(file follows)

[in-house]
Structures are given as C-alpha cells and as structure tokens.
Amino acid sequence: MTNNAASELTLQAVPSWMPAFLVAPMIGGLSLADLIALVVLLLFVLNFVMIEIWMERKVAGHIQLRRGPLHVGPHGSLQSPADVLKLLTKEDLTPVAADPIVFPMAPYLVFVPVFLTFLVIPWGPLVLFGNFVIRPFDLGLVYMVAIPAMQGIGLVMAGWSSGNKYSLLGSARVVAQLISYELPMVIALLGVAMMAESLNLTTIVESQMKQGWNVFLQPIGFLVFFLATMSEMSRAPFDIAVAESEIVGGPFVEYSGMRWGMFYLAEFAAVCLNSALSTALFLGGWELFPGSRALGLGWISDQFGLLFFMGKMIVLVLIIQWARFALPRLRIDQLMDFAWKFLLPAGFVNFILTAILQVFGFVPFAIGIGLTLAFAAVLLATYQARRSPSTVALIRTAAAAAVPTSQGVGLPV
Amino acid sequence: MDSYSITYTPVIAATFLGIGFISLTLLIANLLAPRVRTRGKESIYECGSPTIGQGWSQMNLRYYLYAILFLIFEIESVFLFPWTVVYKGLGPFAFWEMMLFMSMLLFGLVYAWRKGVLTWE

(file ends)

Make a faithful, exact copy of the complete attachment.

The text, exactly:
[in-house]
Structures are given as C-alpha cells and as structure tokens.
Amino acid sequence: MTNNAASELTLQAVPSWMPAFLVAPMIGGLSLADLIALVVLLLFVLNFVMIEIWMERKVAGHIQLRRGPLHVGPHGSLQSPADVLKLLTKEDLTPVAADPIVFPMAPYLVFVPVFLTFLVIPWGPLVLFGNFVIRPFDLGLVYMVAIPAMQGIGLVMAGWSSGNKYSLLGSARVVAQLISYELPMVIALLGVAMMAESLNLTTIVESQMKQGWNVFLQPIGFLVFFLATMSEMSRAPFDIAVAESEIVGGPFVEYSGMRWGMFYLAEFAAVCLNSALSTALFLGGWELFPGSRALGLGWISDQFGLLFFMGKMIVLVLIIQWARFALPRLRIDQLMDFAWKFLLPAGFVNFILTAILQVFGFVPFAIGIGLTLAFAAVLLATYQARRSPSTVALIRTAAAAAVPTSQGVGLPV
Amino acid sequence: MDSYSITYTPVIAATFLGIGFISLTLLIANLLAPRVRTRGKESIYECGSPTIGQGWSQMNLRYYLYAILFLIFEIESVFLFPWTVVYKGLGPFAFWEMMLFMSMLLFGLVYAWRKGVLTWE